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Press Release

Federal Officials Close Investigation Into Use of Force by School Resource Officer at Spring Valley, South Carolina, High School

For Immediate Release
U.S. Attorney's Office, District of South Carolina

Contact: Office of Public Affairs (202) 514-2007

WASHINGTON – The Justice Department announced today that there is insufficient evidence to pursue federal criminal civil rights charges against former School Resource Officer (SRO) Benjamin Fields for the physical force used in handling a student at Spring Valley High School on Oct. 26, 2015.

Officials from the U.S. Attorney’s Office of the District of South Carolina, the Justice Department’s Civil Rights Division and the FBI met today with the student’s family and their representative to inform them of this decision.

Federal authorities conducted a comprehensive investigation into the use of force by Fields on Oct. 26, 2015, when arresting the student for violating South Carolina’s law against disturbing schools.  Working with the South Carolina Law Enforcement Division, federal authorities conducted witness interviews, evaluated video footage of the incident, reviewed training records, examined the policies of the Richland County Sheriff’s Department (RCSD) and consulted with use of force experts.

A team of experienced federal prosecutors and FBI agents considered whether Fields violated federal law by willfully using unreasonable force against the student at Spring Valley High School.  Under the applicable federal criminal civil rights statute, prosecutors must establish, beyond a reasonable doubt, that a law enforcement officer willfully deprived an individual of a constitutional right.  To establish willfulness, federal authorities must show that the officer acted with the deliberate and specific intent to do something the law forbids.  This is the highest standard of intent imposed by law.  Mistake, misperception, negligence or poor judgment are not sufficient to establish a federal criminal civil rights violation.

After a careful and thorough investigation, the team of experienced federal prosecutors and FBI agents determined that the evidence was insufficient to prove, beyond a reasonable doubt, that Fields willfully deprived the Spring Valley High School student of a constitutional right.  This decision is limited strictly to an application of the high legal standard required to prosecute the case under the federal civil rights statute; it does not reflect an assessment of any other aspect of the incident involving Fields and the Spring Valley High School student.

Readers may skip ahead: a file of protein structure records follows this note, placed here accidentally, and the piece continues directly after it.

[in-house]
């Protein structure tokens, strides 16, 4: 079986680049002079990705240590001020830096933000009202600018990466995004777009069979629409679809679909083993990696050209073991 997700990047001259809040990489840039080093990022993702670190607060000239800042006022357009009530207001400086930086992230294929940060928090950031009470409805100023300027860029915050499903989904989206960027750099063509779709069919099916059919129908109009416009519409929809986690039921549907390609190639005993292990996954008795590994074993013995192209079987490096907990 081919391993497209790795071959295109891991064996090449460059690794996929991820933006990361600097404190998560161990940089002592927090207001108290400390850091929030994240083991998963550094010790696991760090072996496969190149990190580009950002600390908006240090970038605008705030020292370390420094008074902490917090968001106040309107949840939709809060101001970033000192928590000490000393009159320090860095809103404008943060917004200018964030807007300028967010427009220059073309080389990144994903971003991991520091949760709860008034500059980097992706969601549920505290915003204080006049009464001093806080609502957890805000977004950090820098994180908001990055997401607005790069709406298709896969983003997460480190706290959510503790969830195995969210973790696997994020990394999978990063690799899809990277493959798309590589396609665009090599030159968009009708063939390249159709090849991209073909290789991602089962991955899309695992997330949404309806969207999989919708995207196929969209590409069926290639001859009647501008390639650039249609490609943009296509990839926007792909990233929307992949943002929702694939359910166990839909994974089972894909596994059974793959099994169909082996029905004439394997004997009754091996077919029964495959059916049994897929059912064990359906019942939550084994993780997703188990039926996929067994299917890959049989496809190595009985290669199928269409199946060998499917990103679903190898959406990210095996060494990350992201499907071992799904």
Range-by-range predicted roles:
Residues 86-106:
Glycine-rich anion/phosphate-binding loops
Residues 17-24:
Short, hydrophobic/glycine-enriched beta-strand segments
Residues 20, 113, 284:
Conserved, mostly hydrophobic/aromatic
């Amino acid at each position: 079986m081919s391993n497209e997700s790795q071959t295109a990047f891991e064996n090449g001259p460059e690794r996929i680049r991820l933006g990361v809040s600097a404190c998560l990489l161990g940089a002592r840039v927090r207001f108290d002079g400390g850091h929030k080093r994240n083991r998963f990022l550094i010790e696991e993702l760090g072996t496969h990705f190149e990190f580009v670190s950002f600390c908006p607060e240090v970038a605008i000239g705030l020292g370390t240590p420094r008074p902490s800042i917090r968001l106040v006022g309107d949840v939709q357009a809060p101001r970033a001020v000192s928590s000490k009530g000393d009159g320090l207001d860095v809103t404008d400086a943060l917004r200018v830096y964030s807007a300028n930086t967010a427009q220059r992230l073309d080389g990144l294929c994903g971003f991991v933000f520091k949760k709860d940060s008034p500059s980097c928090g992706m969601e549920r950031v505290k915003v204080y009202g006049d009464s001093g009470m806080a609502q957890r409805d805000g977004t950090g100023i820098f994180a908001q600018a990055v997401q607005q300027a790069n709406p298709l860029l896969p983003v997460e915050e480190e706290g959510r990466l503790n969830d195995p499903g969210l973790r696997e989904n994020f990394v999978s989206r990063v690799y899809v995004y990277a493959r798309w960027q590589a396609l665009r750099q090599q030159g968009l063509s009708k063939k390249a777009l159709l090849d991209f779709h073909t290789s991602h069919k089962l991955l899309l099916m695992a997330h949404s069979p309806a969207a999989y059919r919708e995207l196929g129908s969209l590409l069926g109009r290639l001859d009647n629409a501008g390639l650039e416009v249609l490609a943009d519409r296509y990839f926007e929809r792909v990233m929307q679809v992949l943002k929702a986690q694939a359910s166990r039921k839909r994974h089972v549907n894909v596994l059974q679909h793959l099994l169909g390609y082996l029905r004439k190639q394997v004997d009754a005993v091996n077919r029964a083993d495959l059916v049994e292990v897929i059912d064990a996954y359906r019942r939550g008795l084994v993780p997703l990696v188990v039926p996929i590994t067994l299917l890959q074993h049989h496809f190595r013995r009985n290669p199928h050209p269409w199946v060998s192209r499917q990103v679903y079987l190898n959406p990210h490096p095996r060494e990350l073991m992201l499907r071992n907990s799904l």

The U.S. Attorney’s Office of the District of South Carolina, the Civil Rights Division and the FBI are committed to investigating allegations of civil rights violations by law enforcement officers and will continue to devote the resources required to ensure that all allegations of serious civil rights violations are fully and completely investigated.  The department will aggressively prosecute criminal civil rights violations whenever there is sufficient evidence to do so.

The Justice Department has addressed issues that the Oct. 26, 2015, incident brought to light in other ways. The department’s Office of Justice Programs reached a comprehensive agreement with RCSD to promptly enact critical changes to its SRO program in order to ensure full compliance with federal civil rights laws prohibiting discrimination against students based on race, color, national origin and disability. As part of this settlement, the RCSD is required to provide intensive, annual training for all SROs on de-escalation, bias-free policing and youth development and to develop policies to minimize school-based arrests. More recently, the department filed a statement of interest in the case of Kenny et al. v. Wilson et al. articulating the position that laws invoked to charge juveniles – like the law against disturbing schools invoked in this case – must include clear standards to ensure that they are enforced consistently and free from discrimination.  In the filing, the department explained that vague statutes enforced arbitrarily contribute to the “school-to-prison pipeline,” the cycle of harsh school discipline that brings young people into the justice system and disproportionately affects, among others, students of color and students with disabilities.  The department also remains committed to improving all students’ sense of safety in educational settings.  As part of that effort, the department is monitoring robust settlement agreements with school districts across the country to combat discriminatory school discipline practices that prevent children from reaching their full potential.  Additionally, in September 2016, together with the Department of Education, the Justice Department announced a series of resources to aid state and local education and law enforcement agencies in responsibly incorporating SROs in the learning environment. 

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Updated January 26, 2017

Civil Rights